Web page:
When my oldest child left for his first week of sleep-away camp, I worried. I worried that he wouldn’t eat well, that he would get a sunburn or be sick, or that he wouldn’t change his underwear (turns out that I had good reason to worry about that!) As parents, we worry incessantly when our children are out of our protective reach. As you plan your group travel, it’s a strong possibility that you will be traveling with students- many of whom will be on their own for the first time ever!
Safety When Traveling with Students
It’s a bit daunting to realize you are now responsible for the health and well-being of a group of poor decision-makers- I mean, students- once you leave the relative safety of home or school. In an age of cell phones and instant communication, parents often know when something goes wrong before you might! A solid safety plan and open communication are the keys to a successful student trip. We can’t guarantee that nothing bad will happen as you travel… after all, Mother Nature doesn’t always care that we have plans, buses occasionally break down, students get sick, and so on. The good news is that excellent safety resources are available to help inform you as you create a safety plan for student travel.
The Student Youth Travel Association is a superb place to start. This organization is committed to providing student and youth travelers with “safe, rich and rewarding travel experiences.” A Safety Resource Guide and Safety Tips Brochure are available to download at no charge and offer some thoughtful suggestions for student group travel planners.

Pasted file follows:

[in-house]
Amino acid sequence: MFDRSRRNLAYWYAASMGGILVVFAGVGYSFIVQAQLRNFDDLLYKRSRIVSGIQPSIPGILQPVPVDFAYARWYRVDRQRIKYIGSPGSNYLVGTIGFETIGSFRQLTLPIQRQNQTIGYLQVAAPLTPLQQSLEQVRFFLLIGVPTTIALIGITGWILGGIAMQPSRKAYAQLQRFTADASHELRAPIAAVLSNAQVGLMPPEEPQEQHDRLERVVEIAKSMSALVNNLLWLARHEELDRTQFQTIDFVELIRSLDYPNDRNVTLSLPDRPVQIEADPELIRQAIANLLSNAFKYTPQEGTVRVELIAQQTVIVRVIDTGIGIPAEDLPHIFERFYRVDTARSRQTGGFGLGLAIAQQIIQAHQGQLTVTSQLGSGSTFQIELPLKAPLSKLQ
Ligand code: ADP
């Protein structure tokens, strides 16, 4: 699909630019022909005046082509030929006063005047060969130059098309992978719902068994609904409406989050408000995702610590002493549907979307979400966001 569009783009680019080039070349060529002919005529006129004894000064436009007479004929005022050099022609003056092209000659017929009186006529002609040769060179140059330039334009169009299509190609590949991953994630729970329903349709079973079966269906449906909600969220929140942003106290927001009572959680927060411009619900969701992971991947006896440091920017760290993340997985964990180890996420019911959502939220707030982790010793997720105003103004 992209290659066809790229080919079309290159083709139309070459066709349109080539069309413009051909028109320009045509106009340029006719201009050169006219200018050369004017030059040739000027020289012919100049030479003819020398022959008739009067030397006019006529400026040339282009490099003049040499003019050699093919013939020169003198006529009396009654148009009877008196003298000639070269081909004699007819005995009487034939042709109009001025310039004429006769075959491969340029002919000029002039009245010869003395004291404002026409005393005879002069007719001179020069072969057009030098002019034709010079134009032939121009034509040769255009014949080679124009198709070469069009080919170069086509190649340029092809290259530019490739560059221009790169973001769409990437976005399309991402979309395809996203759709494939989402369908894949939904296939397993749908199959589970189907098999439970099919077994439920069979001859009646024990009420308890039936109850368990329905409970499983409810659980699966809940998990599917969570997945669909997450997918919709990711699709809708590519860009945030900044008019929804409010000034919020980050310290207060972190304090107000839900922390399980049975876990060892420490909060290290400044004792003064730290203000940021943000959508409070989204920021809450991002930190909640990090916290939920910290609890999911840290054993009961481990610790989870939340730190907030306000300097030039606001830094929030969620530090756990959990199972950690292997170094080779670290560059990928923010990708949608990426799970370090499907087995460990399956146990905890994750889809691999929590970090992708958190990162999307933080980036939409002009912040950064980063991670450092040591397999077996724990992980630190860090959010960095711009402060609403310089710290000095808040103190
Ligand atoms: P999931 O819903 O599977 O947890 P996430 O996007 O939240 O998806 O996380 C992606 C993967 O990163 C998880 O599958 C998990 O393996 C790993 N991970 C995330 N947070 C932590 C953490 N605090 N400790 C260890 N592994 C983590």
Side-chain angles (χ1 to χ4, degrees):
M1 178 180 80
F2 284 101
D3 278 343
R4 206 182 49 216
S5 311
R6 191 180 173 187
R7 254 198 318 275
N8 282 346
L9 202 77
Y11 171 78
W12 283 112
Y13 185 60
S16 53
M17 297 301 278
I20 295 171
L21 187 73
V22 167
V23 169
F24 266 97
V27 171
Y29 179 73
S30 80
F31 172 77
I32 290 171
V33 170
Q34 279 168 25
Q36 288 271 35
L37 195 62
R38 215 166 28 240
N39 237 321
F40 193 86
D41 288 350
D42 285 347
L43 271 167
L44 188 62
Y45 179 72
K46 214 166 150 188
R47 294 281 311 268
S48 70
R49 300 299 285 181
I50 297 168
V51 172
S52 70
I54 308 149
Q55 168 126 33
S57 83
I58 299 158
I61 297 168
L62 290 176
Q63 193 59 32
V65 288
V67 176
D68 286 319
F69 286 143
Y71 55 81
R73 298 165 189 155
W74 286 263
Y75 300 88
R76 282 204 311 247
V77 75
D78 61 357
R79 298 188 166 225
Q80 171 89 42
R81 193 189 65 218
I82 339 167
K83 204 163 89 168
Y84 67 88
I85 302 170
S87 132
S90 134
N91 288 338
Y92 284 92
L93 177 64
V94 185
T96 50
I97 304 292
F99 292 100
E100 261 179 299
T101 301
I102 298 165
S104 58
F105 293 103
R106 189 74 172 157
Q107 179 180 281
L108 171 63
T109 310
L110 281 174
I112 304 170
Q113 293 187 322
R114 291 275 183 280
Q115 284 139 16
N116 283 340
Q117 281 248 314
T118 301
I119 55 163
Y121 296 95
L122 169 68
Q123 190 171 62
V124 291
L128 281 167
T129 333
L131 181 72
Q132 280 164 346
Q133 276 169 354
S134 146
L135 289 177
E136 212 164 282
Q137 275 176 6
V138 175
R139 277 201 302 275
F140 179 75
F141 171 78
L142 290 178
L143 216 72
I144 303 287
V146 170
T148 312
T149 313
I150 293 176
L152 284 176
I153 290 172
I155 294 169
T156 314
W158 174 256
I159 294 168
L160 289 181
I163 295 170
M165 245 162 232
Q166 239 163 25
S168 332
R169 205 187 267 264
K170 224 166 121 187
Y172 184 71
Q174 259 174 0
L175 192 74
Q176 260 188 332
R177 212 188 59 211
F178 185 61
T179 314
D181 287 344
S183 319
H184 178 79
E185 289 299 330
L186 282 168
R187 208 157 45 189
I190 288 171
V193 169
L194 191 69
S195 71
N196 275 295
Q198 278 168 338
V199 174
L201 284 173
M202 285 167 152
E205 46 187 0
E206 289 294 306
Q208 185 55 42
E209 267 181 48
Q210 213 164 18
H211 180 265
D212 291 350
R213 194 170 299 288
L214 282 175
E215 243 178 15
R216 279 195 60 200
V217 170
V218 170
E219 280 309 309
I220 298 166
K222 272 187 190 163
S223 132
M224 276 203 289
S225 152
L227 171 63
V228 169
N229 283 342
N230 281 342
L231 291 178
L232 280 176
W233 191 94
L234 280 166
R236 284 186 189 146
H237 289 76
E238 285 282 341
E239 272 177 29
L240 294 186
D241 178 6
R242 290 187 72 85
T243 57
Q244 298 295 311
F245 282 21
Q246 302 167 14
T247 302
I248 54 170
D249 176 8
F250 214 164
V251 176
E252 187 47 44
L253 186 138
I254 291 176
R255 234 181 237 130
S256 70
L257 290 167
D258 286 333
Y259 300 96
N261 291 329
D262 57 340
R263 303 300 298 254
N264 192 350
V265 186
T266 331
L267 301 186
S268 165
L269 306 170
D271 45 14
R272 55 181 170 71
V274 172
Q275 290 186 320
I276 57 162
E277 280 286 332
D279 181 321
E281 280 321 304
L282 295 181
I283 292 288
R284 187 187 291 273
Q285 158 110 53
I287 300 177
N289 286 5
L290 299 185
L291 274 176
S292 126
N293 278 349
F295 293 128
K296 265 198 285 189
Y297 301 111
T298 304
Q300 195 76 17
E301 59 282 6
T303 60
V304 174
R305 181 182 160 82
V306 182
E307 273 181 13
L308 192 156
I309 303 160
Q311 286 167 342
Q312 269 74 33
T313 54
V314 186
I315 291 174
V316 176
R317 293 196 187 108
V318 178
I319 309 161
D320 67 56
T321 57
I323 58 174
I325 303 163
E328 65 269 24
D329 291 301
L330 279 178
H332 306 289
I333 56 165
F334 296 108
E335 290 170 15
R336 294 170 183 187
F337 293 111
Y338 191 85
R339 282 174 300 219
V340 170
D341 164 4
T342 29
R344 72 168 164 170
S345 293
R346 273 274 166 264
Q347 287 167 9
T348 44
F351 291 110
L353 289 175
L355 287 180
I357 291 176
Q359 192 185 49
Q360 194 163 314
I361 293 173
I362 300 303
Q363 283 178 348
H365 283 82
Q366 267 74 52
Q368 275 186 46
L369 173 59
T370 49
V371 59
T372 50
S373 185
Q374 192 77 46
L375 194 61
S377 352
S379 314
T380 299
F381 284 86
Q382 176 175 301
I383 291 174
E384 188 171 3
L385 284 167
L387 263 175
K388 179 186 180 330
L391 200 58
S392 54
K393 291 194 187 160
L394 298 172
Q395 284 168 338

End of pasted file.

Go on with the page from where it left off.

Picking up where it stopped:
As you are preparing your safety plan, you may want to consider including the following suggestions…
Think about using a communication app like Remind to reach students without using personal numbers
As You Travel
Cover any emergency evacuation procedures if traveling by motorcoach or airplane
Encourage a teacher or chaperone to remain close to TSA in the event that a student requires personal screening during air travel
At the Hotel
Distribute room keys to students in a private area away from the general public
Decide where chaperones should be stationed throughout the property as students move about
Clearly identify the areas of the property where students are permitted as well as expectations of behavior
Provide clear instructions for security guards or nighttime chaperones (i.e. don’t ask students to open doors, etc.)
Determine nightly room check procedures and communicate clearly with chaperones
Provide emergency evacuation procedures to the group and establish a safe meeting place 300 feet from the building
Emphasize the importance of communicating any illness, dizziness or bleeding to a chaperone (look out for your roommates!)
At the Venue
Register your group at first aid upon arrival at amusement parks or other large venues
Be sure to have a weather emergency plan available for outdoor attractions
Steer clear of large exiting crowds (i.e.- stay seated until the bulk of a crowd clears out and exit the venue together)
Ensure that students and chaperones know meeting locations and times
To reiterate, these are SUGGESTIONS for establishing a student safety protocol. It would be wise to check with your district for any additional policies that may already exist.
Creating a clear safety plan and method of communication will go a long way in helping to alleviate that all-encompassing anxiety associated with student travel. Parents will breathe easier knowing there’s a strategy for dealing with the unknown and students will clearly understand the safety procedures. The only thing to left to worry about is that smelly laundry when they return!